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17 April 2014 12:48 pm ,
Vol. 344 ,
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Astronomers have discovered an Earth-sized planet in the habitable zone of a red dwarf—a star cooler than the sun—500...
Three years ago, Jennifer Francis of Rutgers University proposed that a warming Arctic was altering the behavior of the...
- 17 April 2014 12:48 pm , Vol. 344 , #6181
- About Us
"Dee" Is for Danger
23 June 2005 (All day)
Great horned owls are fearsome predators, but for agile birds like chickadees, the smaller, more maneuverable pygmy owl is probably a bigger threat. Now, researchers report that black-capped chickadees have a sophisticated system of alarm calls that convey information about the size of potential predators. The calls appear to help the chickadees mount a coordinated defense that's calibrated to the danger.
Chickadees are social birds, and they gang up to "mob" predators and drive them away. "They dive-bomb the predator and make a lot of noise," says study author Christopher Templeton, currently a Ph.D. student at the University of Washington, Seattle. Templeton and colleagues suspected that the chickadees' calls might organize their defense. The birds make two kinds of alarm calls: a soft, high-pitched "seet" and the louder namesake "chick-a-dee." A previous study found that the "seet" call indicates the presence of predators flying overhead. The "chick-a-dee" call is used in a variety of situations, such as signaling the presence of stationary predators or identifying flock mates.
The researchers recorded more than 5000 calls that birds made when various predators--including owls, hawks, and falcons--were placed in their woodsy outdoor enclosure. The recordings showed that, among other changes, the birds made more "chick-a-dee" calls and incorporated more "dee" syllables into each call when they saw a small raptor with a short wingspan. A 70 gram pygmy owl, for instance, might elicit four "dees" at the end of a call, whereas a 1.4 kilogram great horned owl might elicit only two. But not all small birds elicited more "dees": a harmless quail provoked fewer than two "dees" per call, on average. The researchers hypothesize that more "dees" means more danger.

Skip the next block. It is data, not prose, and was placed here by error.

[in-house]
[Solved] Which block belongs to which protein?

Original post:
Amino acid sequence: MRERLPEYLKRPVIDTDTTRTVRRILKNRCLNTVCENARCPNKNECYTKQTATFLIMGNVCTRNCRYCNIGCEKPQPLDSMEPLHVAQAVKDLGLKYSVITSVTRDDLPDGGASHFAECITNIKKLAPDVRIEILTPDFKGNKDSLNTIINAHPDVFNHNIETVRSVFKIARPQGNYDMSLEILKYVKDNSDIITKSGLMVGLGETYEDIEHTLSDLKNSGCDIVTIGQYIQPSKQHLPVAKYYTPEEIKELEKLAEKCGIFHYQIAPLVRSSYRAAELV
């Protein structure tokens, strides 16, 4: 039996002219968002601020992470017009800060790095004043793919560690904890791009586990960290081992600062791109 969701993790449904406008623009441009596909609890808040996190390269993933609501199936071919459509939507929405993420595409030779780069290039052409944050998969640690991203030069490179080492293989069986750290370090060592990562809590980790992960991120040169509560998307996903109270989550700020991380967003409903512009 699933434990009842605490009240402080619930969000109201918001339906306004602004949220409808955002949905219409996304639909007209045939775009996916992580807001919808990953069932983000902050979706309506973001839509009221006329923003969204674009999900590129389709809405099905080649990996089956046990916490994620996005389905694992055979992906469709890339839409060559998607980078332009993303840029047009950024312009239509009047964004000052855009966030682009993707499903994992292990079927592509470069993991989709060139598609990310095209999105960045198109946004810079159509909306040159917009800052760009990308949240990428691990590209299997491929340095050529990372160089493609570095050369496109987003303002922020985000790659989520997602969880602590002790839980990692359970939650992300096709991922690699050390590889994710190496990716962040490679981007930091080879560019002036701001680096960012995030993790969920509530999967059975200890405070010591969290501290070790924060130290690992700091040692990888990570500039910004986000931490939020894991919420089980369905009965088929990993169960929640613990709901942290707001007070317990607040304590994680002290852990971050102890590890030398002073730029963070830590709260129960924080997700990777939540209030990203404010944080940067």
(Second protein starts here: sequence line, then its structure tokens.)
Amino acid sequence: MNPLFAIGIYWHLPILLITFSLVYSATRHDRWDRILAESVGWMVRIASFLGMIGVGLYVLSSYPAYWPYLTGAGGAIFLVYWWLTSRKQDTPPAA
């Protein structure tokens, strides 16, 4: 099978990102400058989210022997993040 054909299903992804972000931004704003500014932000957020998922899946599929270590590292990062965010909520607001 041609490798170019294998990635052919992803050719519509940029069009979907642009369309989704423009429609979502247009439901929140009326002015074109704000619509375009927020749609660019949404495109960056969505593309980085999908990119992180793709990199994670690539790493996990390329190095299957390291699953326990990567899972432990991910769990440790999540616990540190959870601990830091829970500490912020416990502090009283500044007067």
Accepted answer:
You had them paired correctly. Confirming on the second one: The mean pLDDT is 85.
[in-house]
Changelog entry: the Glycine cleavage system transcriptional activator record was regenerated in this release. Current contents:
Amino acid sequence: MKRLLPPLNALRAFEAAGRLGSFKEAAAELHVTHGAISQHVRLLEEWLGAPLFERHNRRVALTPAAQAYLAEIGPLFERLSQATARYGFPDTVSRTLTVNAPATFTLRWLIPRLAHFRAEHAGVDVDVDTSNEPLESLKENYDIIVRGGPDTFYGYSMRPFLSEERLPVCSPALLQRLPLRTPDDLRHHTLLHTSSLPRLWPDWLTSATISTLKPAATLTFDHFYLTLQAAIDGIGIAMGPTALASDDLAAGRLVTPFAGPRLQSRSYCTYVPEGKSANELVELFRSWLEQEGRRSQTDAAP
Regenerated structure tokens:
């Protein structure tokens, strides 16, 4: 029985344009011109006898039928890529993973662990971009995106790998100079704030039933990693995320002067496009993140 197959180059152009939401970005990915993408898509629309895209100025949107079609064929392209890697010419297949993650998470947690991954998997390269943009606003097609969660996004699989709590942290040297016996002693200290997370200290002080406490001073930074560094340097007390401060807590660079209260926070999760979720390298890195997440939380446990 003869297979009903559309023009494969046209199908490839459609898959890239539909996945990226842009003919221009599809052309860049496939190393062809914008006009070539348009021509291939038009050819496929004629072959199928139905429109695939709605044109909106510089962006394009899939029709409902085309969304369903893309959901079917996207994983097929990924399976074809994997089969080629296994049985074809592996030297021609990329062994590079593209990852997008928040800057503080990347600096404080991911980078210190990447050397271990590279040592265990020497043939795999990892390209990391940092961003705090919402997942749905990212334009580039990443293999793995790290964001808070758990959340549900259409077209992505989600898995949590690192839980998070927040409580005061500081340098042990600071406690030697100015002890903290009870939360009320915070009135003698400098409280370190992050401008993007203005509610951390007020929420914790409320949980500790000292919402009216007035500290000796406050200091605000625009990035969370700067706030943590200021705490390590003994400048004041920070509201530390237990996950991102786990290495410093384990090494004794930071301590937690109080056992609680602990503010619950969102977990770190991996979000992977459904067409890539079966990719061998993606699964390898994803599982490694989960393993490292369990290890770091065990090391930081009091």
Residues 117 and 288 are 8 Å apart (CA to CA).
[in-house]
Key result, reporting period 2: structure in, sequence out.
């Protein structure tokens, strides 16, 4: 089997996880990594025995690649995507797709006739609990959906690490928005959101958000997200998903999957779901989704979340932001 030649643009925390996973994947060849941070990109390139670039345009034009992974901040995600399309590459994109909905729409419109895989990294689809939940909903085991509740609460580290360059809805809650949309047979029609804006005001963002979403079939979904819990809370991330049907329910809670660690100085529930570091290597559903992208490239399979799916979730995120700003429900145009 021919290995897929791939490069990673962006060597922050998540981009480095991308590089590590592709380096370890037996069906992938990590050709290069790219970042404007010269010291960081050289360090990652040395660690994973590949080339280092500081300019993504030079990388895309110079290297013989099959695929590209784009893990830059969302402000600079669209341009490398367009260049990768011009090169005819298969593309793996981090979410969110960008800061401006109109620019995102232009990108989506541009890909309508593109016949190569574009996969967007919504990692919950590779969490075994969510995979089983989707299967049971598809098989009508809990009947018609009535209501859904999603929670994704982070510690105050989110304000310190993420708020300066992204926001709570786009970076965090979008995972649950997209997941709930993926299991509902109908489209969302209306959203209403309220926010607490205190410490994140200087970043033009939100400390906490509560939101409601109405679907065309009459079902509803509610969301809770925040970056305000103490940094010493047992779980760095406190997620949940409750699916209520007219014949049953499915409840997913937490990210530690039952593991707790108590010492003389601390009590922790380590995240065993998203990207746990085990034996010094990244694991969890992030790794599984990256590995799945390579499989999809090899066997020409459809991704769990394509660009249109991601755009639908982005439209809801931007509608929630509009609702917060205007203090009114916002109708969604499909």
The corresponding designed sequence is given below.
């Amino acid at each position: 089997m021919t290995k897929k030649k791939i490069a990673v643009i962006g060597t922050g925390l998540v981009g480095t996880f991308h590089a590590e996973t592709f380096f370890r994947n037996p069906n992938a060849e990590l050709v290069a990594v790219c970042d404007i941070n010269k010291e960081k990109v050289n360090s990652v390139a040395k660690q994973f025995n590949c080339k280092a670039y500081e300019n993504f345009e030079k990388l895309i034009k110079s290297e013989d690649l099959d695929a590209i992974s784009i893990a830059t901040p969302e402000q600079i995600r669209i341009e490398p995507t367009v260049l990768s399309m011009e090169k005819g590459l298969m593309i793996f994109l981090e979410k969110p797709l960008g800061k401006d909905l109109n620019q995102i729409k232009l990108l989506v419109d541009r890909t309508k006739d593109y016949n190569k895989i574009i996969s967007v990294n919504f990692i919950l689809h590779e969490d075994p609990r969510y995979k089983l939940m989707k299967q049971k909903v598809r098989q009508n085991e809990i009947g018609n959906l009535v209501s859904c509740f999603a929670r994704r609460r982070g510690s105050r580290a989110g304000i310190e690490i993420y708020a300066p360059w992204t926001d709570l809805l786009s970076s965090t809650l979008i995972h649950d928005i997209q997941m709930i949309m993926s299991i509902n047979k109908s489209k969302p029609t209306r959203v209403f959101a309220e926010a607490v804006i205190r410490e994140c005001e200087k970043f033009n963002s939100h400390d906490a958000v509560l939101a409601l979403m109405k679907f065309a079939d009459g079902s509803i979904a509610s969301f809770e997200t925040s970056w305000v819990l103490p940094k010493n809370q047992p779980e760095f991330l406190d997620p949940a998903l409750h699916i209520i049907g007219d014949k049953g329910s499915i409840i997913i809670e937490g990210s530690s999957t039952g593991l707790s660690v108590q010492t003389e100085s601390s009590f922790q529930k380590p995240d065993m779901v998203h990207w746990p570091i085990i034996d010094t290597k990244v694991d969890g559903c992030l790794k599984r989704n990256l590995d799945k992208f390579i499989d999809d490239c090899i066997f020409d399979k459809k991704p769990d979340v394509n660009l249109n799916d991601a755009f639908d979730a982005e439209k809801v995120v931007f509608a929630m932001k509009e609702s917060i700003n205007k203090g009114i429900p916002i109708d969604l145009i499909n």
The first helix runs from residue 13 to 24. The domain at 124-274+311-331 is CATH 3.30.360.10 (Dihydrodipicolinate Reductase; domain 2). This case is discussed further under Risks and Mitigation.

Next, the team played back recorded alarm calls through a hidden speaker and watched the chickadees' reaction. More birds mobbed the speaker for a longer period of time in response to a small predator alarm call than in response to a large predator call, the team reports in the 24 June Science.
The study provides a rare example of alarm calls that convey information both about the type of predator and the degree of threat, says Dan Blumstein of the University of California, Los Angeles. James Hare of the University of Manitoba in Winnipeg adds that "even very common species that we may take for granted have evolved very elaborate and exacting systems of communication."